Choosing an AWS region is the first decision you have to make when you set up your AWS components. You can’t do anything in the AWS Management Console, SDK or CLI without choosing a region. Most AWS customers choose one based on proximity to themselves or to their end users, which sounds like a sensible thing to do.
However, proximity alone is not enough. There are a lot of other factors to consider when choosing a region. Since my goal is to make applications grow on AWS, I’m always looking for factors that will make a difference. For example, AWS cost, feature selection, as well as the speed and resiliency of your AWS components.
So let’s get started…
When you build web applications or expose any data externally, you probably look for a platform where you can build highly scalable, secure, and robust REST APIs. As APIs are publicly exposed, there are a number of best practices for providing a secure mechanism to consumers using your API.
Amazon API Gateway handles all the tasks involved in accepting and processing up to hundreds of thousands of concurrent API calls, including traffic management, authorization and access control, monitoring, and API version management.
In this post, I show you how to take advantage of the regional API endpoint feature in API Gateway, so that you can create your own Amazon CloudFront distribution and secure your API using AWS WAF.
AWS WAF is a web application firewall that helps protect your web applications from common web exploits that could affect application availability, compromise security, or consume excessive resources.
As you make your APIs publicly available, you are exposed to attackers trying to exploit your services in several ways. The AWS security team published a whitepaper solution using AWS WAF, How to Mitigate OWASP’s Top 10 Web Application Vulnerabilities.
If you’ve used Amazon CloudWatch Events to schedule the invocation of a Lambda function at regular intervals, you may have noticed that the highest frequency possible is one invocation per minute. However, in some cases, you may need to invoke Lambda more often than that. In this blog post, I’ll cover invoking a Lambda function every 10 seconds, but with some simple math you can change to whatever interval you like.
To achieve this, I’ll show you how to leverage AWS Step Functions.
For this example, I’ve created a Step Functions State Machine that invokes our Lambda function 6 times, 10 seconds apart. Such State Machine is then executed once per minute by a CloudWatch Events Rule. The result is our Lambda function being invoked every 10 seconds, indefinitely.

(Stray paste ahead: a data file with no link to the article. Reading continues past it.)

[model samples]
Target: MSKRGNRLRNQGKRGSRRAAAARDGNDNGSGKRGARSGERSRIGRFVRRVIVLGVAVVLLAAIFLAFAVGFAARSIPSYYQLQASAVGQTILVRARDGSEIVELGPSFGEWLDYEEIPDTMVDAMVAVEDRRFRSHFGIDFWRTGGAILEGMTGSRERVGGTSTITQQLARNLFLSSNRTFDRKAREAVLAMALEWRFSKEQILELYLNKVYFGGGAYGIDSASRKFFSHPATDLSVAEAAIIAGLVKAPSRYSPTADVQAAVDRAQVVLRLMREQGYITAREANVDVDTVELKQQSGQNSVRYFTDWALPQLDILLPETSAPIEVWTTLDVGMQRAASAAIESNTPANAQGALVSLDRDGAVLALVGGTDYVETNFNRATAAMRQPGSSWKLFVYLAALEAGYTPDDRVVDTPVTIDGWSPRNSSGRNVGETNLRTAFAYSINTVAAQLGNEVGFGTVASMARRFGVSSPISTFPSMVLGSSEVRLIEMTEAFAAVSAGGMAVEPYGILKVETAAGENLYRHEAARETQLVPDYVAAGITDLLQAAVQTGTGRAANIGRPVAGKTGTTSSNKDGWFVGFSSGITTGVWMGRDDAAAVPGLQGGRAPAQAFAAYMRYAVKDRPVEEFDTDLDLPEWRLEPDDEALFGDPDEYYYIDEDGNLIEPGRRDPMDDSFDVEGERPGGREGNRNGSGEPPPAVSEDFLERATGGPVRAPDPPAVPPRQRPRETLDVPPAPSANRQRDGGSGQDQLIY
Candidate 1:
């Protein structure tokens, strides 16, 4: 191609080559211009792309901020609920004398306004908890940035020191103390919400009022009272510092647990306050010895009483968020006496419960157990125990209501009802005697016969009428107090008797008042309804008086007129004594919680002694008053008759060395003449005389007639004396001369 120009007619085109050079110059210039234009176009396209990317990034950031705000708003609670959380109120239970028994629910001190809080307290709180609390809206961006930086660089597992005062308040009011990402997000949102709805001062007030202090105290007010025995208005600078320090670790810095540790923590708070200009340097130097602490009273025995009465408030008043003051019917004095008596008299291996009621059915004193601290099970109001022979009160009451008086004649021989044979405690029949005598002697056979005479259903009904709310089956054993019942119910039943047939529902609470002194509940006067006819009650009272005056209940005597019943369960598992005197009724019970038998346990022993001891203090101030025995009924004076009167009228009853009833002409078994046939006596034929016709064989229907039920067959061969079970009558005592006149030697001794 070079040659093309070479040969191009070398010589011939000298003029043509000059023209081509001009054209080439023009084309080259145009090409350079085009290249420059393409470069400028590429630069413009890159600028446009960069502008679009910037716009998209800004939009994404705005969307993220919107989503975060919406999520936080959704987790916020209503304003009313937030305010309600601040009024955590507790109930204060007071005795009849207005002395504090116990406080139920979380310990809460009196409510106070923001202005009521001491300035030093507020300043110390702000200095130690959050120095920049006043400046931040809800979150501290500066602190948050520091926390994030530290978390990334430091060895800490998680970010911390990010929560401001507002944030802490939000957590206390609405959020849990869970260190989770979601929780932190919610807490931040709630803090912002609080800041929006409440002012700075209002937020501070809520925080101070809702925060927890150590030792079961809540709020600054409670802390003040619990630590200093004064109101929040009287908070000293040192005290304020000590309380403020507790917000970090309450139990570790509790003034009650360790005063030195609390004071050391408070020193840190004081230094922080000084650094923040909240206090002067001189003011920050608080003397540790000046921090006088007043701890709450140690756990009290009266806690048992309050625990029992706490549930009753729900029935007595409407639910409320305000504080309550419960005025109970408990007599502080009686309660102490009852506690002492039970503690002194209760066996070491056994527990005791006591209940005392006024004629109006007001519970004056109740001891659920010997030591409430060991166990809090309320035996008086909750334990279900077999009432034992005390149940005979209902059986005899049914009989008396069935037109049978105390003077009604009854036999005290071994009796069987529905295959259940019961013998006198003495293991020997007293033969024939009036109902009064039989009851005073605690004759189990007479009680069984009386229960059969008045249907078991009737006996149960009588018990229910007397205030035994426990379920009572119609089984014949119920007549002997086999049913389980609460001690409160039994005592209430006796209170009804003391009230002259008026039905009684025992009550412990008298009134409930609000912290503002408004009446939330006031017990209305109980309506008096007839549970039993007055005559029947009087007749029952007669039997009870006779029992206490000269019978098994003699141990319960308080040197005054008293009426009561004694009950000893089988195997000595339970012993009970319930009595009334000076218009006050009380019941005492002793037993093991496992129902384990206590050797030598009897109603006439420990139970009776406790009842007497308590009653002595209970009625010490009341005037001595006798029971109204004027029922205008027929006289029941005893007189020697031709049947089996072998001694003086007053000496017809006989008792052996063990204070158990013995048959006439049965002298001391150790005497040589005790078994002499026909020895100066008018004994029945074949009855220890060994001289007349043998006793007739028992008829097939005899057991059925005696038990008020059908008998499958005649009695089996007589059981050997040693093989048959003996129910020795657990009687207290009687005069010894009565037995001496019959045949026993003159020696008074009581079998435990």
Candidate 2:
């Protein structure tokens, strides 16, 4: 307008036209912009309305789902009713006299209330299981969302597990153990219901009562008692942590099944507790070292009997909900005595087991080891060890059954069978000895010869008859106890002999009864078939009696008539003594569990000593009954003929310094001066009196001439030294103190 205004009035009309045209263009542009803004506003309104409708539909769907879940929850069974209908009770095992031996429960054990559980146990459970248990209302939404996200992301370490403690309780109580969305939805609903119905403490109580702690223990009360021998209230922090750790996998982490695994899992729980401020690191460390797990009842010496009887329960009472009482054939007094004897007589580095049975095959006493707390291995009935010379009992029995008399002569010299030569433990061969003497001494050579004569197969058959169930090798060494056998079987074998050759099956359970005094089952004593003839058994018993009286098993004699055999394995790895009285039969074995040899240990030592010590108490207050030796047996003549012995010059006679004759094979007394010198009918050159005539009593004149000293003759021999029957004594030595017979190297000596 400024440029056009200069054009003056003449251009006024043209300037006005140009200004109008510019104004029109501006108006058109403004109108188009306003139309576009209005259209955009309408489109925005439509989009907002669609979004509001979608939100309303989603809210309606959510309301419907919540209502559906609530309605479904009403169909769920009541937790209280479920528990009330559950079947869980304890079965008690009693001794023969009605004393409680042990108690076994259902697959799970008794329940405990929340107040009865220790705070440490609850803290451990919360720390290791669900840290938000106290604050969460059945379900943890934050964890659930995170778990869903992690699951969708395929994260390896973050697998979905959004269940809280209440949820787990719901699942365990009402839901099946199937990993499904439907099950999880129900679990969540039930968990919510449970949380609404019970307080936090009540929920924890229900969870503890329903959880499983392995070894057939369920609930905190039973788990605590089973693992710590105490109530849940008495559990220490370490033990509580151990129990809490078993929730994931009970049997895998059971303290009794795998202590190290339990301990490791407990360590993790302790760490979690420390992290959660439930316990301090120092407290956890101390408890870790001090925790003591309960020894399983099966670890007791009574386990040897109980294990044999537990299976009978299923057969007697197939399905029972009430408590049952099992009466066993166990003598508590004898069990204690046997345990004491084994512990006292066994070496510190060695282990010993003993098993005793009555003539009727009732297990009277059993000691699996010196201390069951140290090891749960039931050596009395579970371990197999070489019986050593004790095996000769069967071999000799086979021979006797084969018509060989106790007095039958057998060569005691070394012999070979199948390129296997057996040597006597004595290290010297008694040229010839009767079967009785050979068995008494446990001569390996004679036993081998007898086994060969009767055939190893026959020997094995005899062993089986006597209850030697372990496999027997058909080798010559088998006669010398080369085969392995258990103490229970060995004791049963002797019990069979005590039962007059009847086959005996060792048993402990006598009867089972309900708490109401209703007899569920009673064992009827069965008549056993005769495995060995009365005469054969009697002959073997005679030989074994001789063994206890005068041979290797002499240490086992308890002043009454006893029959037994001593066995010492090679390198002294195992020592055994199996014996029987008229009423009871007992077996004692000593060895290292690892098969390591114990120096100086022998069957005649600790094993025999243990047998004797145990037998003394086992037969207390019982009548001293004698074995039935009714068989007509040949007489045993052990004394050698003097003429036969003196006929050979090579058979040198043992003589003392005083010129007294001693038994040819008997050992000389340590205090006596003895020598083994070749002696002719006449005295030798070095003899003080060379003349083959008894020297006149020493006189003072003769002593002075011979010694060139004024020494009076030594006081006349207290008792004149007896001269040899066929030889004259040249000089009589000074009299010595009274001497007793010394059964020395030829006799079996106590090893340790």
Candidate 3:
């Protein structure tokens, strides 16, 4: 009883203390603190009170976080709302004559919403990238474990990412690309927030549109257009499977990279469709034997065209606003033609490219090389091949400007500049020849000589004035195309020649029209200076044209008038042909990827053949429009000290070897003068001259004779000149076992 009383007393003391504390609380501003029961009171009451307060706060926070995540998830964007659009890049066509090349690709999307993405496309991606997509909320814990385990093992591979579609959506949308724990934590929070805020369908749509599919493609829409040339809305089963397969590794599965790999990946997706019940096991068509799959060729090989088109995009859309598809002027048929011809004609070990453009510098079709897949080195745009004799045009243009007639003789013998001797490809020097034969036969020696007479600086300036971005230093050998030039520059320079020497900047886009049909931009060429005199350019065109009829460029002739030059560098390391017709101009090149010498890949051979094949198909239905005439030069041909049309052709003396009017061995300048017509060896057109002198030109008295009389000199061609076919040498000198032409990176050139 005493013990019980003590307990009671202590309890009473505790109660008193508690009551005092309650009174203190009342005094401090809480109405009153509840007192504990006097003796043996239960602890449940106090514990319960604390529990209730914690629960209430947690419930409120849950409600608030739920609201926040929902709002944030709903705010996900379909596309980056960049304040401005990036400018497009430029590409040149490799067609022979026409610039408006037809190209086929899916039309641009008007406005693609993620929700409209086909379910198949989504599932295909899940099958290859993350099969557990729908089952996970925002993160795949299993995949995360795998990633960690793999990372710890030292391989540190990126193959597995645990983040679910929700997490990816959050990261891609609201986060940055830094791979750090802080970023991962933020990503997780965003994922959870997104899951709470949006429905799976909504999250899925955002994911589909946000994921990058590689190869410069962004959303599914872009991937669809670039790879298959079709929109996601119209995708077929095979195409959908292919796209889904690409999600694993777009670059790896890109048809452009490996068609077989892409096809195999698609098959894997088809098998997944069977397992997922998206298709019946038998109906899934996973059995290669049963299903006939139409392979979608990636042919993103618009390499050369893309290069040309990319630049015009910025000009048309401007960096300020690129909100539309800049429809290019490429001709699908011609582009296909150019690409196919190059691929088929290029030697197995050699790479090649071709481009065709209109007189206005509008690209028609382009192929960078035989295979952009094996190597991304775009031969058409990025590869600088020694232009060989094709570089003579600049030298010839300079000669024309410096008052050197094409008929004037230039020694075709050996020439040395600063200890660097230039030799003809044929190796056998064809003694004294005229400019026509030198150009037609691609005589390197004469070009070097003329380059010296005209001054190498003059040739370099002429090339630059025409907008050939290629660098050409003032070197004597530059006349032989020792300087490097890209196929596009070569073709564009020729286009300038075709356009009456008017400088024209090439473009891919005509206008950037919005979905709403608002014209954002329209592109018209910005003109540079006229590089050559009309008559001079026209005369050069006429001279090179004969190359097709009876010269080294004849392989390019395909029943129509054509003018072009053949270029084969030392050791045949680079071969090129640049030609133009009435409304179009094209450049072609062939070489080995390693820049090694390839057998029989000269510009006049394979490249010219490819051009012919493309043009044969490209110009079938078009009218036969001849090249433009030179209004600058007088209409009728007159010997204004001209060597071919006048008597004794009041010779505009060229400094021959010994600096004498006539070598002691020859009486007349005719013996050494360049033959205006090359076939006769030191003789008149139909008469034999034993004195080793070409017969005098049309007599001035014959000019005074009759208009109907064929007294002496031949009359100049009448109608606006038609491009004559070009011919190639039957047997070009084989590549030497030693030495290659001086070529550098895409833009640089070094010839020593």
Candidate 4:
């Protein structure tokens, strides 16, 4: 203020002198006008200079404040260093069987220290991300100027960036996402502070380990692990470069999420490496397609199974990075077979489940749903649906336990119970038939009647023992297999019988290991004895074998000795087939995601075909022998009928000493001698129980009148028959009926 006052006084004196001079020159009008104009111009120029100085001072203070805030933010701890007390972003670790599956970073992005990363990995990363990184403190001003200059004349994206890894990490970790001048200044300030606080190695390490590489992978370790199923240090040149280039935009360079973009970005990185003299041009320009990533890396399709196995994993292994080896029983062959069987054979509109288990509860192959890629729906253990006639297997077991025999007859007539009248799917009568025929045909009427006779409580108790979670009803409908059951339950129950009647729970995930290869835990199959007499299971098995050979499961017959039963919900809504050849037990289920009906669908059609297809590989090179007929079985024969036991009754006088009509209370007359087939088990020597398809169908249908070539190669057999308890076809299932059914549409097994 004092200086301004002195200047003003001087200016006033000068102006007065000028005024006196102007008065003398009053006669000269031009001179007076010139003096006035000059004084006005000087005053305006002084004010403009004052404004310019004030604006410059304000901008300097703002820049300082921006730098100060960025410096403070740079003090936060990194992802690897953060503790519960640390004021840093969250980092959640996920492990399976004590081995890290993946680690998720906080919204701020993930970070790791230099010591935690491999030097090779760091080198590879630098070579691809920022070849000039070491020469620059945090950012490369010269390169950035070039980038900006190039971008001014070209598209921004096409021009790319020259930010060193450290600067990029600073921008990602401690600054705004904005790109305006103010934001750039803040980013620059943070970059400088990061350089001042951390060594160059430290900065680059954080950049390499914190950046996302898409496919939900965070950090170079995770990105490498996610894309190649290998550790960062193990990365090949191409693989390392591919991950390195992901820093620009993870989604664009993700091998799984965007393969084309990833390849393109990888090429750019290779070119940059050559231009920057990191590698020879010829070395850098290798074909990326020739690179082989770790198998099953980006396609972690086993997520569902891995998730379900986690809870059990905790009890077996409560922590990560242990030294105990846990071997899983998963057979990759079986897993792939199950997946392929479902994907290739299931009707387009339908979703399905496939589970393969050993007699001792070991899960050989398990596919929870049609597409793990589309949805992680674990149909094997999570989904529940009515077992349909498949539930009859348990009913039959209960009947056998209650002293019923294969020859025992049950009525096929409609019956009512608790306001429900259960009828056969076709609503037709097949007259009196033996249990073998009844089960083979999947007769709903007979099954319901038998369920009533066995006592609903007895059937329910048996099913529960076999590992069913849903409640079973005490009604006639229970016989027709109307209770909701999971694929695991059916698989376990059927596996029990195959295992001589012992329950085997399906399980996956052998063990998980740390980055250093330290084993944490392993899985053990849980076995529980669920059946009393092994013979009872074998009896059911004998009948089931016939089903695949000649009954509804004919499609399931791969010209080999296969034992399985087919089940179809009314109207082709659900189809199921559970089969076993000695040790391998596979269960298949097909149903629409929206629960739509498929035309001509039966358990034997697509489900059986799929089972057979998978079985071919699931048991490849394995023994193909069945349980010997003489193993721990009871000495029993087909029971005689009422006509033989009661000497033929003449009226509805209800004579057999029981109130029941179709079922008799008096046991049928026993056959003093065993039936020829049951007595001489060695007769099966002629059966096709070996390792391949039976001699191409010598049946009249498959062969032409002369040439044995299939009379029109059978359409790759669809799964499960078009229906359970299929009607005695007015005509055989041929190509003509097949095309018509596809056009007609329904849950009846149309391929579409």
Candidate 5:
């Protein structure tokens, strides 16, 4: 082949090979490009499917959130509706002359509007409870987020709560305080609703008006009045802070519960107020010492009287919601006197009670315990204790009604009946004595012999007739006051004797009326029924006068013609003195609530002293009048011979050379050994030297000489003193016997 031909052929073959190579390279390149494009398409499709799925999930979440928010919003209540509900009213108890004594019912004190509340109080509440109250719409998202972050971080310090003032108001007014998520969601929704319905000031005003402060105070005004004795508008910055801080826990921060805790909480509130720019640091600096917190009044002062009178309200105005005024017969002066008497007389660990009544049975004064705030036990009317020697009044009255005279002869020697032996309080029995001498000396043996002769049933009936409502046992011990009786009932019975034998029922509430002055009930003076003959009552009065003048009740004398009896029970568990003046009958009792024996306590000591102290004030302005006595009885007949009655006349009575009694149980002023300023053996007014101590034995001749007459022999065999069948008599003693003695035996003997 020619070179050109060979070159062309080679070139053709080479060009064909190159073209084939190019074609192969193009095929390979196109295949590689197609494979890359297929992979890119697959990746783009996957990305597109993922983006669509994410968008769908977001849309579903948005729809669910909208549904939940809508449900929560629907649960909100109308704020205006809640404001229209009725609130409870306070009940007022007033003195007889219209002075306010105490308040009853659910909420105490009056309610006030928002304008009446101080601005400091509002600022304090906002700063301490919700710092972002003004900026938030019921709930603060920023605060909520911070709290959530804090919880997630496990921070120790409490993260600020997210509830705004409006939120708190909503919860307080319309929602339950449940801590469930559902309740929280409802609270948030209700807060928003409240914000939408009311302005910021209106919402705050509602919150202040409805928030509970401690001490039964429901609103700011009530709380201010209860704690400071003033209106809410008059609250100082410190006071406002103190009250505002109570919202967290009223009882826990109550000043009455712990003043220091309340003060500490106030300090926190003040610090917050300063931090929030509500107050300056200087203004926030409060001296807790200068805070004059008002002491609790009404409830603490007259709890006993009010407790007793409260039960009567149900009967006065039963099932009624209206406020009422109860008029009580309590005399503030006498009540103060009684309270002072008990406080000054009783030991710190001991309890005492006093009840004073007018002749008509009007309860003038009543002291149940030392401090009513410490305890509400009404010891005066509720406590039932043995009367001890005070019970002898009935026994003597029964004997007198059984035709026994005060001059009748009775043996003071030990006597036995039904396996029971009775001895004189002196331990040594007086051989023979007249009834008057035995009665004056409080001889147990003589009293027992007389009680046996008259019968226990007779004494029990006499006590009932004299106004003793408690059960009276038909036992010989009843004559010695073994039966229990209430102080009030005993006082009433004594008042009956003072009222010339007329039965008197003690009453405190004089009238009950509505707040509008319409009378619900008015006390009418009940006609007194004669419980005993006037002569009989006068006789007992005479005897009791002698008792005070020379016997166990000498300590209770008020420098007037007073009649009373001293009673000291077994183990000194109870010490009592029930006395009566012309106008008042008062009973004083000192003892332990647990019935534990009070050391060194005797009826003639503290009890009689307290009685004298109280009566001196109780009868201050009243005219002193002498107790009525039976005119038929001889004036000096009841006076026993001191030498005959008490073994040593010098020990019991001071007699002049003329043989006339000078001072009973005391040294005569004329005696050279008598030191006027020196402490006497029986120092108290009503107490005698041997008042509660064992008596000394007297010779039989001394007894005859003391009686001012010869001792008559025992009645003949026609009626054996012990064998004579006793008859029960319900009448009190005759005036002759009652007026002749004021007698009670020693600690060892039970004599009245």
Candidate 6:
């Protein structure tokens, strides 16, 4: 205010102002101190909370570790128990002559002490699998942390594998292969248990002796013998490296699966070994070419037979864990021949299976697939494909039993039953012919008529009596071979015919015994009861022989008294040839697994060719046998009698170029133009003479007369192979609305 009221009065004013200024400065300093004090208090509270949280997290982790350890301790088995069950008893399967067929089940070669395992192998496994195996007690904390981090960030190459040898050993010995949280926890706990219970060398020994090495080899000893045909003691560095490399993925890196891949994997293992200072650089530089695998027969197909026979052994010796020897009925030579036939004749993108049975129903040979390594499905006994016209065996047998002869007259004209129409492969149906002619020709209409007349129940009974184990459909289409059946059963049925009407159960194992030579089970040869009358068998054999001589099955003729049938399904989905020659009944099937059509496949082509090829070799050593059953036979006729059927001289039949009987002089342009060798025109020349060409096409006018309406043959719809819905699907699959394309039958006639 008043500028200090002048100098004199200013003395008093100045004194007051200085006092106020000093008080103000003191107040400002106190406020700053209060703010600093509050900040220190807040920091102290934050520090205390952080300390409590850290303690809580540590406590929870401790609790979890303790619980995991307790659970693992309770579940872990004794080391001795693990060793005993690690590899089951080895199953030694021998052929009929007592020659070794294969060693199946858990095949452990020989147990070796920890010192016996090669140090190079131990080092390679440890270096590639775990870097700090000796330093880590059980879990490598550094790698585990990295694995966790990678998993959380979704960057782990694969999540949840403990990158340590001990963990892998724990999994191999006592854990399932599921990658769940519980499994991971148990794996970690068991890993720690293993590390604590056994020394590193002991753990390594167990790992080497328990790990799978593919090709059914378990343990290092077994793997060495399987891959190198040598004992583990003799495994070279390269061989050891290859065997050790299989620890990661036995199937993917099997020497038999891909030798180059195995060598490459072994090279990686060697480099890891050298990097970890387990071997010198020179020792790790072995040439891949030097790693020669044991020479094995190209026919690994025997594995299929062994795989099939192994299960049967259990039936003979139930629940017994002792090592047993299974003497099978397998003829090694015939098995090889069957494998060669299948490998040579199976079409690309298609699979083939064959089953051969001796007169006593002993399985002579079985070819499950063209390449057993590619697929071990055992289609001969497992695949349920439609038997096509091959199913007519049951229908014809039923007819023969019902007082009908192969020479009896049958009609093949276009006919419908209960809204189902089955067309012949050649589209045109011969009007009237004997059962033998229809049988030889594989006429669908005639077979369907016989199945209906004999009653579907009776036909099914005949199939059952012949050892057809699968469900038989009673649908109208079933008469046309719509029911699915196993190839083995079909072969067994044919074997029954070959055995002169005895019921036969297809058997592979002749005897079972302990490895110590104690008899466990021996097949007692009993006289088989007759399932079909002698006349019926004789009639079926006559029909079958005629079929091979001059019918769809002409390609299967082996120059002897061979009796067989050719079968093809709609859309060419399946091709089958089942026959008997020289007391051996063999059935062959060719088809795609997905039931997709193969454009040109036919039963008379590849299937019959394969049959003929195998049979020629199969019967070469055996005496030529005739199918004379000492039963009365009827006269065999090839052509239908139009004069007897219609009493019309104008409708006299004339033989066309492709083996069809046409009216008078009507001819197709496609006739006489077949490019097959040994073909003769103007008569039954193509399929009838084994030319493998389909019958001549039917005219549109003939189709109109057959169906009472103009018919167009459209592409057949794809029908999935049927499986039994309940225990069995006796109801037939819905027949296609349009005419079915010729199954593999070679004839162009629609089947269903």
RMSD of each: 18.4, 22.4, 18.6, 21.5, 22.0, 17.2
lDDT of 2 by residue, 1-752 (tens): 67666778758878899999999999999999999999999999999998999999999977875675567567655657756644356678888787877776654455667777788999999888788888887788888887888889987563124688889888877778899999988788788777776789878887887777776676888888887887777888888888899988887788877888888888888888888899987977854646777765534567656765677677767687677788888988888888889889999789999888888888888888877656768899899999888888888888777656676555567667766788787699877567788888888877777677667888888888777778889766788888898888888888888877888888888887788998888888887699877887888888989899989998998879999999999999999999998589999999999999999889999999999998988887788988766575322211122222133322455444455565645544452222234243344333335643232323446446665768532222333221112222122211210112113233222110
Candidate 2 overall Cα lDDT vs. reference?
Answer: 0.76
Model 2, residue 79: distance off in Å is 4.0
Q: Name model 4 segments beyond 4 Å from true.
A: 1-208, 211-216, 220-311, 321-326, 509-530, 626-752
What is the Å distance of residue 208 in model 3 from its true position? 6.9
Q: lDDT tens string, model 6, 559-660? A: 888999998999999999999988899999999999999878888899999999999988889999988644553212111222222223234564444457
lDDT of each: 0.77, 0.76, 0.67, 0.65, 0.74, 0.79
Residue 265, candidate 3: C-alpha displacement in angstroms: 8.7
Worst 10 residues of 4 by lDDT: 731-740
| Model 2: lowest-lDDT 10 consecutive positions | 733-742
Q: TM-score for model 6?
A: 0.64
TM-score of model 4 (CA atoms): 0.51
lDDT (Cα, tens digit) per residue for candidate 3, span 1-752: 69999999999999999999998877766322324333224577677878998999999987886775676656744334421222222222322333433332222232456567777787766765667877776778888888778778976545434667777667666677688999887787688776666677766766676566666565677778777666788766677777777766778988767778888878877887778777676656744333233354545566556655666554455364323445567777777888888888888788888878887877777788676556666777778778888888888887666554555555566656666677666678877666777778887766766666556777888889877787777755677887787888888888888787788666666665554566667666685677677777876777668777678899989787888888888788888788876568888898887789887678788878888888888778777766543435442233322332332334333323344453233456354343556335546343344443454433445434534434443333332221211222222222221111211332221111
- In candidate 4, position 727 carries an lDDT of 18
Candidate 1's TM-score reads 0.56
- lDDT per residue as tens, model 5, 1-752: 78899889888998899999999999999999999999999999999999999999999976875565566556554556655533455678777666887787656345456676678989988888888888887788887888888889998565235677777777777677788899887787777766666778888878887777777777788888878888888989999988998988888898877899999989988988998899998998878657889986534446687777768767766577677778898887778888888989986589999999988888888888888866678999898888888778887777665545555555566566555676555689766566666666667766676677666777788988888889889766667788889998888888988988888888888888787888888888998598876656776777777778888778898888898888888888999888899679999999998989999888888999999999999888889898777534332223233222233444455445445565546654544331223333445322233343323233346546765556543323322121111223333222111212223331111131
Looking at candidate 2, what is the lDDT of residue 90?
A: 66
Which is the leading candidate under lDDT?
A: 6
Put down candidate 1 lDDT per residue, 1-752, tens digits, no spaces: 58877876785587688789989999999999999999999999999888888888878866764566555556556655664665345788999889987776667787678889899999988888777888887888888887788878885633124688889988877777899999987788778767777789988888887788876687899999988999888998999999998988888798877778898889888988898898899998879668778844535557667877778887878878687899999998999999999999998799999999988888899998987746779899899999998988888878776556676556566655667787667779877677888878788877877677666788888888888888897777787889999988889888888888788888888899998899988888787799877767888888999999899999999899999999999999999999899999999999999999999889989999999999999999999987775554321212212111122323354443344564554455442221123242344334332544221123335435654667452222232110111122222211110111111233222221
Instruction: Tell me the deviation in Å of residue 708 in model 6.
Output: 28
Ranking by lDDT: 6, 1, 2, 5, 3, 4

Do you have scheduled or long-running task on AWS ECS cluster and want to get notified when it fails? You can subscribe to ECS event stream with AWS CloudWatch Event rules and use Amazon SNS to send notifications to your email when container state changes.
The following example uses Serverless Framework to set up a service that sends an email to you when the container stops with the non-zero exit status. You find the sources for this example from GitHub. It is the same service that we are going to install here with Serverless Framework.
The world is getting smaller through digital transformation that allows anyone with a mobile device and internet access to connect with people on the other side of the globe.
This digital disruption is making the traditional office space lined with cubicles more obsolete by the day as many up-and-coming startups and enterprises have opened up to a remote work environment.
Working remotely away from a physical office in the comforts of your own home or a seaside resort is an alluring proposition for any job seeker, yet all the freedom and flexibility can be distracting from our true responsibilities.
Here’s how to create a home office environment that helps you stay focused and productive.
Google Developers Codelabs provide a guided, tutorial, hands-on coding experience. Most codelabs will step you through the process of building a small application, or adding a new feature to an existing application. They cover a wide range of topics such as Android Wear, Google Compute Engine, Project Tango, and Google APIs on iOS.